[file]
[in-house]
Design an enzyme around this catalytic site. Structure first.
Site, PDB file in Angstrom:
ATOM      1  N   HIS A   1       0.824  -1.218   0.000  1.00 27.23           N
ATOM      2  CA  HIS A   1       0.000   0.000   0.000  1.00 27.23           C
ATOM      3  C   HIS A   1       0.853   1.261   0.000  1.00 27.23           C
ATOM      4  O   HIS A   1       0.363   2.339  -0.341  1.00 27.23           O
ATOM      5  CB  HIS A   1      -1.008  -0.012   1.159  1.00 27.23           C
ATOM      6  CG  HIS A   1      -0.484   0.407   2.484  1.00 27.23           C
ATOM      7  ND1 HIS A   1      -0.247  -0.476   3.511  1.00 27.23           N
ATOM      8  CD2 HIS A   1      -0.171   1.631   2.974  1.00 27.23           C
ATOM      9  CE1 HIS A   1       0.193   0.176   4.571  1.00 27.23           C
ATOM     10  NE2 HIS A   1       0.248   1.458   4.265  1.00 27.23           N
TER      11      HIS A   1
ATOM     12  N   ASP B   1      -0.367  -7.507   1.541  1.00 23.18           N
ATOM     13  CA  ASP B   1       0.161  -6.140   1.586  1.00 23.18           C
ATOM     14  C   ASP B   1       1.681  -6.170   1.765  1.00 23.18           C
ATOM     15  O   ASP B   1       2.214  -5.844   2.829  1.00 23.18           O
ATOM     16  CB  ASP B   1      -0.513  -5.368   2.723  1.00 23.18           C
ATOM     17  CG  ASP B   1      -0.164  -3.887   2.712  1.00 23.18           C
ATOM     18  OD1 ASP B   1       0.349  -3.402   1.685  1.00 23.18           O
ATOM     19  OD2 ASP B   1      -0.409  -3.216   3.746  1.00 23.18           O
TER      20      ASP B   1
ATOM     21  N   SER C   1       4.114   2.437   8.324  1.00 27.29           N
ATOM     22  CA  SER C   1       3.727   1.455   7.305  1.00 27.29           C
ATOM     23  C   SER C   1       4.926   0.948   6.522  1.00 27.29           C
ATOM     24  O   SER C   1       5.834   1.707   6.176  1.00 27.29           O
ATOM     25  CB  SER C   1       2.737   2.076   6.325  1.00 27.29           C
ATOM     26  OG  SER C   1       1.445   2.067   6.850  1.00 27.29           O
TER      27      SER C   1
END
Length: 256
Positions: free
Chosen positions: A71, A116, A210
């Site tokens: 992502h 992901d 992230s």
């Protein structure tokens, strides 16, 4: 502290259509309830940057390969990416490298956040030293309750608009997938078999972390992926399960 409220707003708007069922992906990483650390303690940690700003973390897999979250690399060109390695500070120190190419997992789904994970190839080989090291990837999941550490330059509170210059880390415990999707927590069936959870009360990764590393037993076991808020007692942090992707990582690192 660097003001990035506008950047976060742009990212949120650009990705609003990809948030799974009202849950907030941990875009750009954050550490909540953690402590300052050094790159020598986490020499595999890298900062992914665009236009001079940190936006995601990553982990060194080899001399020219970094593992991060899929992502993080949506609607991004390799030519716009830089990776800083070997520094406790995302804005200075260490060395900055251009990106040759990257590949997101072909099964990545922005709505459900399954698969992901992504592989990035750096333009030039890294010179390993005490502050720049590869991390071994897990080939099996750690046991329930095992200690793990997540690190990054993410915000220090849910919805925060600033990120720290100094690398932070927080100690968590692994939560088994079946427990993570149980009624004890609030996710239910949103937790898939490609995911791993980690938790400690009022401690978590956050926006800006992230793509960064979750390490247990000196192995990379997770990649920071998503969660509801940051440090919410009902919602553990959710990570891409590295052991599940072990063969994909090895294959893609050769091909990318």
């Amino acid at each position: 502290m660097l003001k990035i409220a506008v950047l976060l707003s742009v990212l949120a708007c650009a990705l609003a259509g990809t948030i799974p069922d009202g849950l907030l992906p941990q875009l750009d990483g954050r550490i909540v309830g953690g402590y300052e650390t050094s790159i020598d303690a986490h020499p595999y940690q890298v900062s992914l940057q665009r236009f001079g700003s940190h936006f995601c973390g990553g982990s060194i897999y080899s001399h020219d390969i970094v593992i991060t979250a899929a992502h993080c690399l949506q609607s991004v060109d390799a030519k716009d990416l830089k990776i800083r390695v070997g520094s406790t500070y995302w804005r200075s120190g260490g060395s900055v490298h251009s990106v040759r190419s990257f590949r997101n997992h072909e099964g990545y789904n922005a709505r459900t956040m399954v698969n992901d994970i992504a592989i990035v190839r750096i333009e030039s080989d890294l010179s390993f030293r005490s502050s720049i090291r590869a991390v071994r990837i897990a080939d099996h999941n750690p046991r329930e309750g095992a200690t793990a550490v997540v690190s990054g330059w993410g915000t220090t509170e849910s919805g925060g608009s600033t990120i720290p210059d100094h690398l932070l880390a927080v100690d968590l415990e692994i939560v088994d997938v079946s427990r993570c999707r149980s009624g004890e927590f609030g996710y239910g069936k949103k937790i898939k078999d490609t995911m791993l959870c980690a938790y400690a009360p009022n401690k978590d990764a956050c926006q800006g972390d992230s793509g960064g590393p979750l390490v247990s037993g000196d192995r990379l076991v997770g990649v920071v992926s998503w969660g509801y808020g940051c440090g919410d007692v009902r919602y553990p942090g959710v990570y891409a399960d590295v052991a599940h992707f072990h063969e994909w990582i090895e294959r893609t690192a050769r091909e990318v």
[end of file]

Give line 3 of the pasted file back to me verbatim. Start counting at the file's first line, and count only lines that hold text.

Site, PDB file in Angstrom: